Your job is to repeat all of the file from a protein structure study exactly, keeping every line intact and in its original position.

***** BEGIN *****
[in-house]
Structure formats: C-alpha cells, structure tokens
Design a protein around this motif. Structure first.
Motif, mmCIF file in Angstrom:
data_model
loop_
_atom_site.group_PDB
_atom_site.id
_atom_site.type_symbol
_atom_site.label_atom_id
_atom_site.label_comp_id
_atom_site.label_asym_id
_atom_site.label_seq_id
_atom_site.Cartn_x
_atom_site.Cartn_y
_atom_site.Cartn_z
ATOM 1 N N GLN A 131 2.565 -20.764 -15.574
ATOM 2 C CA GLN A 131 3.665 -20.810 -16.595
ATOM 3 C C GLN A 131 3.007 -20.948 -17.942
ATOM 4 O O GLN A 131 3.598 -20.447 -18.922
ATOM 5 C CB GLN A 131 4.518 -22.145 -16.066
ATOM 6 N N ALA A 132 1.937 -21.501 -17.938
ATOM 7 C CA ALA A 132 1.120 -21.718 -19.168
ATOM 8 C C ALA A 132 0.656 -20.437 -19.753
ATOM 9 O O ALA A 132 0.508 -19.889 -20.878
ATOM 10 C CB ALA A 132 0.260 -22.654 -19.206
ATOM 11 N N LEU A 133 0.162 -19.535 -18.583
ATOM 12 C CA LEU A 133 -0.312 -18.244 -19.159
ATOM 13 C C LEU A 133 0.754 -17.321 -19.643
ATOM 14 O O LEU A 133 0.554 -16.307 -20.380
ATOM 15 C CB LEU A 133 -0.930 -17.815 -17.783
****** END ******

[in-house]
Structure formats: C-alpha cells, structure tokens
Design a protein around this motif. Structure first.
Motif, mmCIF file in Angstrom:
data_model
loop_
_atom_site.group_PDB
_atom_site.id
_atom_site.type_symbol
_atom_site.label_atom_id
_atom_site.label_comp_id
_atom_site.label_asym_id
_atom_site.label_seq_id
_atom_site.Cartn_x
_atom_site.Cartn_y
_atom_site.Cartn_z
ATOM 1 N N GLN A 131 2.565 -20.764 -15.574
ATOM 2 C CA GLN A 131 3.665 -20.810 -16.595
ATOM 3 C C GLN A 131 3.007 -20.948 -17.942
ATOM 4 O O GLN A 131 3.598 -20.447 -18.922
ATOM 5 C CB GLN A 131 4.518 -22.145 -16.066
ATOM 6 N N ALA A 132 1.937 -21.501 -17.938
ATOM 7 C CA ALA A 132 1.120 -21.718 -19.168
ATOM 8 C C ALA A 132 0.656 -20.437 -19.753
ATOM 9 O O ALA A 132 0.508 -19.889 -20.878
ATOM 10 C CB ALA A 132 0.260 -22.654 -19.206
ATOM 11 N N LEU A 133 0.162 -19.535 -18.583
ATOM 12 C CA LEU A 133 -0.312 -18.244 -19.159
ATOM 13 C C LEU A 133 0.754 -17.321 -19.643
ATOM 14 O O LEU A 133 0.554 -16.307 -20.380
ATOM 15 C CB LEU A 133 -0.930 -17.815 -17.783